wed 21/08/2019

CD: Pentatonix - A Pentatonix Christmas | reviews, news & interviews

CD: Pentatonix - A Pentatonix Christmas

CD: Pentatonix - A Pentatonix Christmas

The band that's managed to make Christmas albums cool has done it again

Wishing you a very beat-box Xmas

If Mariah Carey’s “All I Want for Christmas” makes you want to burn the nearest decorated pine tree and Michael Buble’s Christmas croons give you the urge to shove brussel sprouts in your ears, Pentatonix’s new festive album could be the perfect antidote to Xmas crabbiness.

Known for their Christmas album of 2014 (in particular a hyper-hip version of The Nutcracker), this five-piece a capella group from Texas (Kirstie Maldonado, Mitch Grassi, Scott Hoying, Avi Kaplan and Kevin Olusola) offer up a few more festive songs with an unexpectedly cool twist. They sing in close harmony, combining retro-kitch and vocal gymnastics with a beat-box base laid underneath. 

One of the highlights is an upbeat, modernised take on Leonard Cohen’s 'Hallelujah'

It’s a rich, unique sound of supportive chorals and a rocking dynamic that allows you to jam out to “God Rest Ye Merry Gentlemen” whilst retaining an element of hipster chic. Using only the voice as an adept instrument they have an African, rhythmic take on “O Come All Ye Faithful”, a smooth and mellow “White Christmas” with a swing beat, and a finger-clicking “I’ll Be Home for Christmas”.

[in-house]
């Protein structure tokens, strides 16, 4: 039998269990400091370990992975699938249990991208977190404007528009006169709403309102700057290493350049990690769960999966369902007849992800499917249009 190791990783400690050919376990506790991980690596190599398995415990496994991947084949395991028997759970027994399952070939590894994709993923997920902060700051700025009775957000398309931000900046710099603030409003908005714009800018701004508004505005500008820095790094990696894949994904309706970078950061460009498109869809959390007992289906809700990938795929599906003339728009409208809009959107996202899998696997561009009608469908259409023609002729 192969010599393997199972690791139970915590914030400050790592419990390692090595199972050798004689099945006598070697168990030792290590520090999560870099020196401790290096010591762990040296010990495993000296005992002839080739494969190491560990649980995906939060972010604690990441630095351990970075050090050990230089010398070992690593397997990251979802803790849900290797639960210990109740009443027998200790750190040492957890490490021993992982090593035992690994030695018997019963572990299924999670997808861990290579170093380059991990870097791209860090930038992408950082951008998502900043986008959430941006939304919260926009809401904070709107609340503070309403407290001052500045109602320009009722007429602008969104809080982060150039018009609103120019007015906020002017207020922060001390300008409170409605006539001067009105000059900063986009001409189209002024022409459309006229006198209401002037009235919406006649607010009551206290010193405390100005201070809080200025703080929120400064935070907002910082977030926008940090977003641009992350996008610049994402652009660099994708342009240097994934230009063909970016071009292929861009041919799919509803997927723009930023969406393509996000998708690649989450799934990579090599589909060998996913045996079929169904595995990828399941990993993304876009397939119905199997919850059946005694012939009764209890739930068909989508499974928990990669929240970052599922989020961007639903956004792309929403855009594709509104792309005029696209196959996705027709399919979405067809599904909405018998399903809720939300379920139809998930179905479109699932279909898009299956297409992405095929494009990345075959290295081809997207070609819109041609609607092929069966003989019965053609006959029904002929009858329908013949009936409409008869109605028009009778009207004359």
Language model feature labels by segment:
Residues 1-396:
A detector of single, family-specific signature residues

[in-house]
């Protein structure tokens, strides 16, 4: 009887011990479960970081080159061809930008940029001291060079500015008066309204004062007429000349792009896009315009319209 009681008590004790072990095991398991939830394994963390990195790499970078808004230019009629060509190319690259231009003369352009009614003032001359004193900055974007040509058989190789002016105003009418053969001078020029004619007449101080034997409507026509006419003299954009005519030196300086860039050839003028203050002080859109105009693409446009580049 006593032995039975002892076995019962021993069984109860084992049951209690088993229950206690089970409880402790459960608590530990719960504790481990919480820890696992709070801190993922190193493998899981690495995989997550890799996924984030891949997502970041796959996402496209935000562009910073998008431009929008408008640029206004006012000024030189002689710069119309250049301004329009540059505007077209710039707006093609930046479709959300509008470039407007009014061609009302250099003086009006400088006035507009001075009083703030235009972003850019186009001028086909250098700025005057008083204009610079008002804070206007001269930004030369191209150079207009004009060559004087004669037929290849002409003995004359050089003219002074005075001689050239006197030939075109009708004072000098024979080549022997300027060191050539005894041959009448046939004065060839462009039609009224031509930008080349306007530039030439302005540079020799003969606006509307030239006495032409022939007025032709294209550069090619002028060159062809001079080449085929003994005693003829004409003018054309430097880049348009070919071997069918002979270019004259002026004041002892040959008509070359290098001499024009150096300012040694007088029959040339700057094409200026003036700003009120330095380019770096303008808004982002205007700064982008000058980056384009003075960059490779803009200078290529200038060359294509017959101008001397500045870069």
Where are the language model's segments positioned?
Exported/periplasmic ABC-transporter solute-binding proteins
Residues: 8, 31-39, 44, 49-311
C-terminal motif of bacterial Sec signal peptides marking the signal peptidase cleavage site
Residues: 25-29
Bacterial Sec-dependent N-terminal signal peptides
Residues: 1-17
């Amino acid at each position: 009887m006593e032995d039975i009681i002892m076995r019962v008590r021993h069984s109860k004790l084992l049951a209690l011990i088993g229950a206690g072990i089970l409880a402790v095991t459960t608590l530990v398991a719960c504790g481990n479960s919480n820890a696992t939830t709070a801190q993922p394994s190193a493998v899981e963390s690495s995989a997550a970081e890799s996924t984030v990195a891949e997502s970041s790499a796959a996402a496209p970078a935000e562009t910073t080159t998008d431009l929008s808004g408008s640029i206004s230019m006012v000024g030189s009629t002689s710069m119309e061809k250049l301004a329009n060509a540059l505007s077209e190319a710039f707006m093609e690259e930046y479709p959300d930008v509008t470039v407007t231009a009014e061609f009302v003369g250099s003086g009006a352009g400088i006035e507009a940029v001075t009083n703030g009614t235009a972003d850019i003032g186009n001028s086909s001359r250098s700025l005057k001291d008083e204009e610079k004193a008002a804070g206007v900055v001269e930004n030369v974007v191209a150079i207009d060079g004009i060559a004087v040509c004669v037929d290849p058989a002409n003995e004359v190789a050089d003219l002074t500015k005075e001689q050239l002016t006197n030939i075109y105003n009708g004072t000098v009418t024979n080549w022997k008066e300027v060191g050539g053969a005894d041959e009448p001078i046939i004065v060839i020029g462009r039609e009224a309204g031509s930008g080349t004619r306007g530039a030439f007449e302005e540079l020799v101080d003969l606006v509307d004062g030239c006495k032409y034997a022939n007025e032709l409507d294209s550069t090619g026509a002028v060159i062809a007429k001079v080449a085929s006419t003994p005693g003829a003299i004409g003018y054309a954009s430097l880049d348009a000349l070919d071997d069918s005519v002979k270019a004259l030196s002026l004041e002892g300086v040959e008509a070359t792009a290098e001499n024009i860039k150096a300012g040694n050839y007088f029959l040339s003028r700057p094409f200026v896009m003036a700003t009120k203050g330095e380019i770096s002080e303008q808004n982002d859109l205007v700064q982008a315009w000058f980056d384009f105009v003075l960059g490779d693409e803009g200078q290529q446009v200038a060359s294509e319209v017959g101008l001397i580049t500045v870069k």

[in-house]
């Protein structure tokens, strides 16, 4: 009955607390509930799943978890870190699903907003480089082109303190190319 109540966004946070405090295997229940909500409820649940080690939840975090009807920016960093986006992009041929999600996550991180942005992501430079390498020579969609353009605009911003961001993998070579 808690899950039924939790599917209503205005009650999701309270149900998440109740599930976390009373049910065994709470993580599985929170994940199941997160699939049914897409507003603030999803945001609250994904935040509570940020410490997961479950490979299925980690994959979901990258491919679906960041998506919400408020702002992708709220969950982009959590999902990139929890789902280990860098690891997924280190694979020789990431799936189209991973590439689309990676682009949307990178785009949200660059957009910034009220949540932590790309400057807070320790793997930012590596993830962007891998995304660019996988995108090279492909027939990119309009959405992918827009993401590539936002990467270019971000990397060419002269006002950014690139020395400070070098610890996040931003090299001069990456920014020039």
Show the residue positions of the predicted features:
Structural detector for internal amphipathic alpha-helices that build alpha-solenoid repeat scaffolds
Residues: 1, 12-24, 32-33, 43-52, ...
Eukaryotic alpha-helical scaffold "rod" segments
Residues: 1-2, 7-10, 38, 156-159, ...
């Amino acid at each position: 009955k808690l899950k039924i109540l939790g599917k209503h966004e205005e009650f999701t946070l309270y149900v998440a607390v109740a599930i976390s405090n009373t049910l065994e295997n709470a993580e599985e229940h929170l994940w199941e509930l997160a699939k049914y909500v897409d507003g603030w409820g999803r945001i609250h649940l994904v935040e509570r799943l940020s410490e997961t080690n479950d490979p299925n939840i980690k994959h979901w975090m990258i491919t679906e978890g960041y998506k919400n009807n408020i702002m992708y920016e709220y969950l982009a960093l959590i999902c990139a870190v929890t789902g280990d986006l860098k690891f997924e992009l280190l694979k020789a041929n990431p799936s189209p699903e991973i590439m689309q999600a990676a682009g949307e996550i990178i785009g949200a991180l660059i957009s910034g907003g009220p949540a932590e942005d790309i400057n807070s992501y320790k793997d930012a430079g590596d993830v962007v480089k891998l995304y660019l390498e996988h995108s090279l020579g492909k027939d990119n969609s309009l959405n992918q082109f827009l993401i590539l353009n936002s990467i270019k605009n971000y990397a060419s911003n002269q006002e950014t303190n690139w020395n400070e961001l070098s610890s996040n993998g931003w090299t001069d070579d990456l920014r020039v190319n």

As well as the covers of songs that conjure up the ghost of X Factor past - you can just imagine Louis saying, “You’ve really made that your own” - the group have penned two of their own original tracks. “The Christmas Sing-Along” is all about coming together for a celebration of laughter, joy and love and generally being “warm and fuzzy in your favourite sweater”, and “Good To Be Bad” is a fun, kitschy, “screw you, Santa!” kind of tune.

One of the album’s highlights is an upbeat, modernised take on Leonard Cohen’s “Hallelujah” (recently released on YouTube) with surging dynamics and a cascading melody. It’s counteracted by the pop upswing of “Merry Christmas, Happy Holidays” - a slightly nauseating finale that will make you as happy to put this album away for a year as it will be to find it again in 2017.


It allows you to jam out to 'God Rest Ye Merry Gentlemen' whilst retaining an element of hipster chic


Editor Rating: 
Average: 4 (1 vote)

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